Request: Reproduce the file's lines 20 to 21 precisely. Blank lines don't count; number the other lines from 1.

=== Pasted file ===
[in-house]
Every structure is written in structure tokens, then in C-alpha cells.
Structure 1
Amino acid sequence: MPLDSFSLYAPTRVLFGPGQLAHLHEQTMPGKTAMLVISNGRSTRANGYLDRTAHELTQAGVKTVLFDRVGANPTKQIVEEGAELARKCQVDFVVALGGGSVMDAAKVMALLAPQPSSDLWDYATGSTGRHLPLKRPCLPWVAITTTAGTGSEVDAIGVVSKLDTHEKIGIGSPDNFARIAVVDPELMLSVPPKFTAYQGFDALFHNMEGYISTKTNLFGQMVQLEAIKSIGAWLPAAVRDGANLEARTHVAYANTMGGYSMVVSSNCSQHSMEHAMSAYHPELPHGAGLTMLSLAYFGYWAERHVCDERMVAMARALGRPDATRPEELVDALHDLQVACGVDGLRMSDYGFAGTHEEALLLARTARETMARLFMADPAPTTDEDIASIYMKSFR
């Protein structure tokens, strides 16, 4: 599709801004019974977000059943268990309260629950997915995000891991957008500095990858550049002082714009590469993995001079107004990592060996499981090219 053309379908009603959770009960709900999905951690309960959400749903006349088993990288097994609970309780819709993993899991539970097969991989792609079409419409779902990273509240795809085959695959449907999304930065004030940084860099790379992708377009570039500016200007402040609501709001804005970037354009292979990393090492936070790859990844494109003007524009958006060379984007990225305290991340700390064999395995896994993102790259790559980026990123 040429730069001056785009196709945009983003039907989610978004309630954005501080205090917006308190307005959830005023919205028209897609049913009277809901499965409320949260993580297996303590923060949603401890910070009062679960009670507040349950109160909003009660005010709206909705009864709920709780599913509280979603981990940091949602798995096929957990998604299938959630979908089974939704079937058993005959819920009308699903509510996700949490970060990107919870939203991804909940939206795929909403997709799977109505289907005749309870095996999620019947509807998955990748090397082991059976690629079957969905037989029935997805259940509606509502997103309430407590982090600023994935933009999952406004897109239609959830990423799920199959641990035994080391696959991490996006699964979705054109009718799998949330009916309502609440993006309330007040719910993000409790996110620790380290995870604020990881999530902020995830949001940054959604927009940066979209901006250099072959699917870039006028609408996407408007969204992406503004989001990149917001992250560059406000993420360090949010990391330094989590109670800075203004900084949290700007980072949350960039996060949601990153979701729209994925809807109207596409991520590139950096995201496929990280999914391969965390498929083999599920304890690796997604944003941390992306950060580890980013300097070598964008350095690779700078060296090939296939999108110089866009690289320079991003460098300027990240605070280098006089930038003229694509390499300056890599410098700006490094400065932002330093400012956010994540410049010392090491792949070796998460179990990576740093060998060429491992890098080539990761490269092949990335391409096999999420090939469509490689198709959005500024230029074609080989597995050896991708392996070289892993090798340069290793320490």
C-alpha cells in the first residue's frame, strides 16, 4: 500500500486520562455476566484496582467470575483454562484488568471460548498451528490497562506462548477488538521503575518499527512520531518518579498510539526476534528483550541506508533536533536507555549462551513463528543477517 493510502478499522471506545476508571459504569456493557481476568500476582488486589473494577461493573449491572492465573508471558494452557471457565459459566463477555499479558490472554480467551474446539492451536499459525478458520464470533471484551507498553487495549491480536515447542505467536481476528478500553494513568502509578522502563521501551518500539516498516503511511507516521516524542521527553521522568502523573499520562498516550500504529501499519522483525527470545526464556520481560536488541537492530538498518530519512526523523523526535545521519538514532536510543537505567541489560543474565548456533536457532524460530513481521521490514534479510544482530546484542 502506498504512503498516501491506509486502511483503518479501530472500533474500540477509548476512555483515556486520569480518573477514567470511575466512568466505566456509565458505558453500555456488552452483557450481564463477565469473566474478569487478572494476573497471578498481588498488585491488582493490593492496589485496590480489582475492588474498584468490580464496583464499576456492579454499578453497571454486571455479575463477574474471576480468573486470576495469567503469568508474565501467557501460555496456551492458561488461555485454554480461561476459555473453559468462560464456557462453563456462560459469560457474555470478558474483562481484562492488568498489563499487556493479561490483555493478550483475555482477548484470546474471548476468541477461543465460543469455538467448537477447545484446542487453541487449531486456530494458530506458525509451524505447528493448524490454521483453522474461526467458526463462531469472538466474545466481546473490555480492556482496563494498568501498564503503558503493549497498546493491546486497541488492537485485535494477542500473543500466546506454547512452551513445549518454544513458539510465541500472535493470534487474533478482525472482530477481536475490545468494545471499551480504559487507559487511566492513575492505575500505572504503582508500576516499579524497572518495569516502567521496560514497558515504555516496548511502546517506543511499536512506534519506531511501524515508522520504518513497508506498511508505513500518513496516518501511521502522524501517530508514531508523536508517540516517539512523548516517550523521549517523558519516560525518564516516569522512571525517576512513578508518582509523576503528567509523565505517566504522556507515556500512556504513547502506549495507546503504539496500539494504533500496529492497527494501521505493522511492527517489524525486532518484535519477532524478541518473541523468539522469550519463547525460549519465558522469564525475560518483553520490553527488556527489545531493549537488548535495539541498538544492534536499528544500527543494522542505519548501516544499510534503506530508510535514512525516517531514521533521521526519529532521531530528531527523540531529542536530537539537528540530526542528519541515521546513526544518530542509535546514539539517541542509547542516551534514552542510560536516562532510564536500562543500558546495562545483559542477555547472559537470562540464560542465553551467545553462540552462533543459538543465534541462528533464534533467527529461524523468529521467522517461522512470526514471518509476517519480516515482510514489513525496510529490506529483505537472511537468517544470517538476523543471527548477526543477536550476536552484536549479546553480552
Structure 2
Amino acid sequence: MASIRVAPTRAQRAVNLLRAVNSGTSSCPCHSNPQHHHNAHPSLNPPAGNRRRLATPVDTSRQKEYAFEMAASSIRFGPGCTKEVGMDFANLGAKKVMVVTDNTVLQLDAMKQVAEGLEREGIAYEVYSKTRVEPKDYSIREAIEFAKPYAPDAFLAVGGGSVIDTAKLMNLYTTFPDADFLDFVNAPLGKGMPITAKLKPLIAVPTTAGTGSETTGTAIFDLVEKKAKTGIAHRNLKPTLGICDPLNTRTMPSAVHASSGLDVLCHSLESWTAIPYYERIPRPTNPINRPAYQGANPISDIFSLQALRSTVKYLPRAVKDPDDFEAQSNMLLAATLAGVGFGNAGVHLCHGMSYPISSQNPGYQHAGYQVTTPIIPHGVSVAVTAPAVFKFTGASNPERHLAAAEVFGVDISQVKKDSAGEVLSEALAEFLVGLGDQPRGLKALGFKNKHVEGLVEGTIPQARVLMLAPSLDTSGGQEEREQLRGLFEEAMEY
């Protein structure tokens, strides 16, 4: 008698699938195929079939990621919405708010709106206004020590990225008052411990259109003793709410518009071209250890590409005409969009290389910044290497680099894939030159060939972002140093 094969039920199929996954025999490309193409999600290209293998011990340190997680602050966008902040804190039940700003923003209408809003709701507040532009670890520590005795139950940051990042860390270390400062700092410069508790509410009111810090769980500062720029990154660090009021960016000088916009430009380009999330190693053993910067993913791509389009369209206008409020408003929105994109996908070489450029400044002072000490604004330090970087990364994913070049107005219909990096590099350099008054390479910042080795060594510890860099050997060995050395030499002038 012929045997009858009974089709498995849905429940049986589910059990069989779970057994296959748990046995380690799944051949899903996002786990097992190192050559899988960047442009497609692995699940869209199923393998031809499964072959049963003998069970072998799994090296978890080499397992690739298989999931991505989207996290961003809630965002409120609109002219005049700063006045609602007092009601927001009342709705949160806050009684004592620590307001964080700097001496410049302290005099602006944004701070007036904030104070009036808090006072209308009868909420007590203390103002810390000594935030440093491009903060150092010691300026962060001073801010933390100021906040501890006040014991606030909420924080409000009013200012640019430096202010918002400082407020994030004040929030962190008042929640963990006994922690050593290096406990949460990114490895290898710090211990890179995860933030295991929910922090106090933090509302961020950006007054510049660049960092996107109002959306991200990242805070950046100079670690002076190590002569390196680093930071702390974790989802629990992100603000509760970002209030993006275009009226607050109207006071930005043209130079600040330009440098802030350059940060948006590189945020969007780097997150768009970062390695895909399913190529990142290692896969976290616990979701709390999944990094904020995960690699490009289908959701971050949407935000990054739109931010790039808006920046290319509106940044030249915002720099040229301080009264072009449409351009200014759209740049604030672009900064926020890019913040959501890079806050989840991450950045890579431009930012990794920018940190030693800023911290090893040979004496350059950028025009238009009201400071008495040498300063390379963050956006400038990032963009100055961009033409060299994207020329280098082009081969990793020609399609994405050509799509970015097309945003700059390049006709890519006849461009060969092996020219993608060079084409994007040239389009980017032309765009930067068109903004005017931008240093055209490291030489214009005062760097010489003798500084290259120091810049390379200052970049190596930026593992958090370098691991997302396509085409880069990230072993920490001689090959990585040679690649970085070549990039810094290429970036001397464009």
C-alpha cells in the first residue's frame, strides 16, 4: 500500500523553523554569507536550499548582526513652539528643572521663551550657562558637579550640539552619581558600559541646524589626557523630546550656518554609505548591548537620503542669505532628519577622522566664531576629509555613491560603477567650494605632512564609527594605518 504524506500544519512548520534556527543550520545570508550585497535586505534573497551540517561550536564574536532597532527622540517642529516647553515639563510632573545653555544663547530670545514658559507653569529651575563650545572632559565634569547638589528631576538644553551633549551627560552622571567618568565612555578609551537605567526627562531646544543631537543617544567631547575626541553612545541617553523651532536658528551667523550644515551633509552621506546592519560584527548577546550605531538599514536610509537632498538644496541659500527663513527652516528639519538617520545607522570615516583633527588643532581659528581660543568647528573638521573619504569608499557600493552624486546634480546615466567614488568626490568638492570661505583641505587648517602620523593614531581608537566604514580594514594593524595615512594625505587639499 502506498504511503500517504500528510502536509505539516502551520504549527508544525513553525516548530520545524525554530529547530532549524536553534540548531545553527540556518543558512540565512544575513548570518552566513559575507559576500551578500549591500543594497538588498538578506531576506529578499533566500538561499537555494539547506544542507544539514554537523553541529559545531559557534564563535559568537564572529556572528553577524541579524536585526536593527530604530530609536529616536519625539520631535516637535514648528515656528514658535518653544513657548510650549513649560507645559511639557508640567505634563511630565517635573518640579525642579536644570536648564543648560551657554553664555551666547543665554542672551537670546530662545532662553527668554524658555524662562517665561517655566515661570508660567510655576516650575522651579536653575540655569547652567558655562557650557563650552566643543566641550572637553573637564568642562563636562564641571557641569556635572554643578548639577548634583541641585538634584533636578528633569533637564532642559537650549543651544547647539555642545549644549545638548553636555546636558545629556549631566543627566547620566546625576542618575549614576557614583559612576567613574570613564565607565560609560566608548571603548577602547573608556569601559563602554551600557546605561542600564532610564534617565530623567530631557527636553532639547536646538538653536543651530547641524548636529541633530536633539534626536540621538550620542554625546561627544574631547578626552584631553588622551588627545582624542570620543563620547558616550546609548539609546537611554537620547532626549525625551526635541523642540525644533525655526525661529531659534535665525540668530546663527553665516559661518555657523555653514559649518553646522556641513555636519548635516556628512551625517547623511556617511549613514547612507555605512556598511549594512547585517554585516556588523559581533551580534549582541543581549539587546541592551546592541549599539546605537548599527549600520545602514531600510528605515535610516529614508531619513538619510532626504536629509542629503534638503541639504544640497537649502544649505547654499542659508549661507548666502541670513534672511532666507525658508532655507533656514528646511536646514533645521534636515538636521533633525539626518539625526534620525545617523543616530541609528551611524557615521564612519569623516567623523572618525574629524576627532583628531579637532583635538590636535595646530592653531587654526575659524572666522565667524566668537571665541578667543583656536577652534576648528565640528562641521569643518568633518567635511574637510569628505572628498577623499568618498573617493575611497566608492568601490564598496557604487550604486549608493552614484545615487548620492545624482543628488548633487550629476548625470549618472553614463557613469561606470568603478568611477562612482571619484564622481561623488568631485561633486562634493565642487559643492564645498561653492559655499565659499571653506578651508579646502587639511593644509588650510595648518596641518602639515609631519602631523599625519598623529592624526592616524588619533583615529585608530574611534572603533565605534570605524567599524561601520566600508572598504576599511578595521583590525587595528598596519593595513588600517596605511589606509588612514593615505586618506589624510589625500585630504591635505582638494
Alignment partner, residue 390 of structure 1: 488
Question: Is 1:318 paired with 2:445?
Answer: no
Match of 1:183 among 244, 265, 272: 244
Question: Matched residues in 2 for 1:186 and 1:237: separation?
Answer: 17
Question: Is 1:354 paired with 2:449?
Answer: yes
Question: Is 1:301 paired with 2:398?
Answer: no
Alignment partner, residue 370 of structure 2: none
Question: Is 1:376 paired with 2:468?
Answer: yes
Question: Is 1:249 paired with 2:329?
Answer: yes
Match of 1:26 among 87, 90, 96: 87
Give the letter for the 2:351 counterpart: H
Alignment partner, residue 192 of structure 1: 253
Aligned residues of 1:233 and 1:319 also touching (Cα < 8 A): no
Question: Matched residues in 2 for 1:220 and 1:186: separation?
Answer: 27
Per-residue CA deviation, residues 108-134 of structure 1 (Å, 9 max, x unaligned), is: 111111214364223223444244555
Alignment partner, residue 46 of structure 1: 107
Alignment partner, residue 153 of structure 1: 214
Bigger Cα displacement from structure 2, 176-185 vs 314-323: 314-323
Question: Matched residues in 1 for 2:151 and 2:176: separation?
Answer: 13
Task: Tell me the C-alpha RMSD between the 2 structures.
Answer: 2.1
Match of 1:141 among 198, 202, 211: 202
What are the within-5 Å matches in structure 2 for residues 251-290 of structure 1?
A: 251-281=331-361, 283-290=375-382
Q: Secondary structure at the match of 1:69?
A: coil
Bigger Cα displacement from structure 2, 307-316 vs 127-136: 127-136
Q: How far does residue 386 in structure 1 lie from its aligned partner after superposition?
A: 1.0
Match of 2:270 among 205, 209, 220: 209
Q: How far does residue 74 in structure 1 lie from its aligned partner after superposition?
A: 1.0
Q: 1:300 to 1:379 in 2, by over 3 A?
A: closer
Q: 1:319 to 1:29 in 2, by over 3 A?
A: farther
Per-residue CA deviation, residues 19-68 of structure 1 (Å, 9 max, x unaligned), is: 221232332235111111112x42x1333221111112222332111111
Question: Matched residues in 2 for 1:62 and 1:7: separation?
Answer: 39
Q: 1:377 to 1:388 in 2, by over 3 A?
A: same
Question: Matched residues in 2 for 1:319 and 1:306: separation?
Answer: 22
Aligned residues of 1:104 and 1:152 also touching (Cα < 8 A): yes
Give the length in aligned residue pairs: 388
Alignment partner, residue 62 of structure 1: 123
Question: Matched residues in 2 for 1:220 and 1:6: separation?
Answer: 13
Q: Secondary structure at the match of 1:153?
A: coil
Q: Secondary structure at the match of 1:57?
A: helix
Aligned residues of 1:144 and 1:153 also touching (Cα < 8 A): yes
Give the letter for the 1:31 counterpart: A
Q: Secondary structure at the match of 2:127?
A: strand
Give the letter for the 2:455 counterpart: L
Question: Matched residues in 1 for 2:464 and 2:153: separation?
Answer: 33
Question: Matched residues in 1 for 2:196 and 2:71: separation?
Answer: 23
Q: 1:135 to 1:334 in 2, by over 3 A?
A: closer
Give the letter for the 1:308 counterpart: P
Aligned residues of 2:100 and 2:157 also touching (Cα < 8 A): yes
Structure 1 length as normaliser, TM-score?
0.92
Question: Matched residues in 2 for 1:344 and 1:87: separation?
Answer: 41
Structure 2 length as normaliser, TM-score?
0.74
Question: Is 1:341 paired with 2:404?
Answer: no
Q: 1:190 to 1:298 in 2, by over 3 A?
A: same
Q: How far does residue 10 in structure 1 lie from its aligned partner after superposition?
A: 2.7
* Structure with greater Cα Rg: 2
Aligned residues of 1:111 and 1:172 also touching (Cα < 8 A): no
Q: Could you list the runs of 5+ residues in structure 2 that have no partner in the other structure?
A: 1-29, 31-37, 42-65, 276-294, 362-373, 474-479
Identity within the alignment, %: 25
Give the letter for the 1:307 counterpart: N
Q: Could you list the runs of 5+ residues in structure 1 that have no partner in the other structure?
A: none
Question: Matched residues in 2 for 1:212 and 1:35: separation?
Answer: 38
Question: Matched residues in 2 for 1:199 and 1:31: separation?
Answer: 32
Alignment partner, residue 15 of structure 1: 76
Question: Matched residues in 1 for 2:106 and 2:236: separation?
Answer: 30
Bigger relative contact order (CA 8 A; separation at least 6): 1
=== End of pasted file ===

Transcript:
Answer: no
Alignment partner, residue 370 of structure 2: none